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Meet the Modern Learner [INFOGRAPHIC]

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In this infographic, Bersin makes the case that learners today of all ages are very complex knowledge brokers who define and pursue their own learning through unique, personal learning modalities. The data presented makes a compelling case for instructional design and delivery implications for educators. How effectively is your district or institution accommodating these quickly shifting learner characteristics?

View the original post here.

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Sing Out!

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We Americans love our freedoms, and we’ve thrived for four centuries singing our own original make-no-excuses, know-no-limits song. From east coast colonies to westward expansion…liberating Europe to landing on the moon…we’ve sung with the pride of taking center stage. And in the process, we’ve developed our own theme, our own style, our own voice. It has served us well. But the world has changed…so quickly we may not yet appreciate how much. And as world leaders, we can’t simply sing our own song anymore. The entire world is connected and creating an entirely new kind of music. Everything people, companies and nations do contributes to the score. We have a responsibility to contribute to humankind…to what is in the best interests of people everywhere…a soaring score that celebrates not just U.S.-centricity, but us-centricity…all of us on this earth.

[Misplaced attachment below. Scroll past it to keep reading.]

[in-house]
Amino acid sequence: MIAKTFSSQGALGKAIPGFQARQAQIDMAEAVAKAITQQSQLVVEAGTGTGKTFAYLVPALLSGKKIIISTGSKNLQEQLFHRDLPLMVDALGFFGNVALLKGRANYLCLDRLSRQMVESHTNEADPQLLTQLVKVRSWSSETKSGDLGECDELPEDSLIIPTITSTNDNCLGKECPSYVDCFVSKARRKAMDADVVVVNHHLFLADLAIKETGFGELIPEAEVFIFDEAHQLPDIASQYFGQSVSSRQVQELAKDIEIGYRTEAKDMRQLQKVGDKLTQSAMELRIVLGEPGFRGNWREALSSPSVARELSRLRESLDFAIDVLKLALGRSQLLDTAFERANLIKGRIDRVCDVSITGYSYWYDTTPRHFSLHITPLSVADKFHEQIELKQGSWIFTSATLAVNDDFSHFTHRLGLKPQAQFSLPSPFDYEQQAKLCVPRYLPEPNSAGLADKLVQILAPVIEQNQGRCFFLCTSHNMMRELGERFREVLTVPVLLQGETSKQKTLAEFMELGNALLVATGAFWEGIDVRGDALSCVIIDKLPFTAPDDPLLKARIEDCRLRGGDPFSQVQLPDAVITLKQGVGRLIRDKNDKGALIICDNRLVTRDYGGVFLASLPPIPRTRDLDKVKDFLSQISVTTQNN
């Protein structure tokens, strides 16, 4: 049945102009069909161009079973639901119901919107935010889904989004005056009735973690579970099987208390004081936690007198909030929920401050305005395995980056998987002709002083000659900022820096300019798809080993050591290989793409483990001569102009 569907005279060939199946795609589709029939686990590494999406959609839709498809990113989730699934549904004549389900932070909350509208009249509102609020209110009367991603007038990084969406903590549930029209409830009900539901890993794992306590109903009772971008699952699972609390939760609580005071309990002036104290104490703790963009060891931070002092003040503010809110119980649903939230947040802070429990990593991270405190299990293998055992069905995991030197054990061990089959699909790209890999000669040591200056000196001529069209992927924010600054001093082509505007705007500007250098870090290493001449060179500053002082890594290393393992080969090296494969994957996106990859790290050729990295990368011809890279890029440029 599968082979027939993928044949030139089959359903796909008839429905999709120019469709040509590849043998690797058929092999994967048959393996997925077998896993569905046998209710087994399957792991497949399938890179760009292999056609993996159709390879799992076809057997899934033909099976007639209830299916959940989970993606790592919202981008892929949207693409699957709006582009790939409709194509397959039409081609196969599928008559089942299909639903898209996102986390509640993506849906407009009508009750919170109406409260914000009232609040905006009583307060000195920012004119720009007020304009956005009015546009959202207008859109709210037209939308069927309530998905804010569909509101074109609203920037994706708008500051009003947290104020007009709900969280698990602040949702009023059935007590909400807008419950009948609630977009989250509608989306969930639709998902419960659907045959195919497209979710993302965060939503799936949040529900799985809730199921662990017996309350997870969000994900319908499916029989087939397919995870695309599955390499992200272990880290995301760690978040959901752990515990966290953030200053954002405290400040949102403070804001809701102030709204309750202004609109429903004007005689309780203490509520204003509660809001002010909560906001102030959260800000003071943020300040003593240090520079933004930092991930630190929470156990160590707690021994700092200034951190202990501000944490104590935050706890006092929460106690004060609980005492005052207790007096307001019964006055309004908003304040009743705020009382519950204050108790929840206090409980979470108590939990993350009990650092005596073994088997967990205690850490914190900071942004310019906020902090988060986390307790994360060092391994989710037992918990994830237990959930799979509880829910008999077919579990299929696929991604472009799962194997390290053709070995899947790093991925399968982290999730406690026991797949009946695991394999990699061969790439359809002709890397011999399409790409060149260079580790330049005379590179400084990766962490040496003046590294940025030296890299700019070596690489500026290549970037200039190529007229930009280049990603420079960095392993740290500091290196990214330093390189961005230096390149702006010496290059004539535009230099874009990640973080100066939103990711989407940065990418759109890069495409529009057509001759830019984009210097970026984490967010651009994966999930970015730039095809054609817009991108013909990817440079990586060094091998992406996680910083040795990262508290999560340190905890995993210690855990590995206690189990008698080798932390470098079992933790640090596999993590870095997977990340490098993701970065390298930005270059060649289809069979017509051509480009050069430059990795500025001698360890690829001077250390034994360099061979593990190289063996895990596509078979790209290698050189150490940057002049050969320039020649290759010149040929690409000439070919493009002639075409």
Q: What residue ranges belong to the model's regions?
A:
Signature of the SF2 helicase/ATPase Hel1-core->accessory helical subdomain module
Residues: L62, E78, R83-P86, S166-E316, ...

A good example of why we need this shift is the recent controversy over an American-made farce in which two bungling characters are asked by the American government to assassinate North Korean leader Kim Jong-un. With tensions escalating over the impending opening of the film in theaters, Sony chose not to release it…but the tensions continue. Yes Americans are free to make and view whatever films they wish. Yes, it is illegal to hack into a network and then steal and publicize the information accessed. But these facts miss the true origin of the problem: making a film, no matter how tongue-in-cheek, that targets a real head of state for murder is a provocative act in a world where actions, reactions and ramifications occur in real time. We need to acknowledge the difference between a film built around fictitious characters and a film targeting the intended demise of a named world leader. Today, citizens of the earth all share one stage and we must sing a new song…a song that resonates with hearts and voices worldwide.

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A characteristically American refrain might be, “We’re a free and open society, and we won’t be pushed around,” decrying the acts of cyber-terrorism…demanding that the criminals be held accountable. This is an authentically American response to adversity. But making claims that “North Korea now runs Sony” or “Now countries all over the world are going to dictate what Americans say and do” are disingenuous and self-serving coming from members of the very industry that created this crisis in the first place. Clueless arrogance creates aural dissonance; where is the harmony?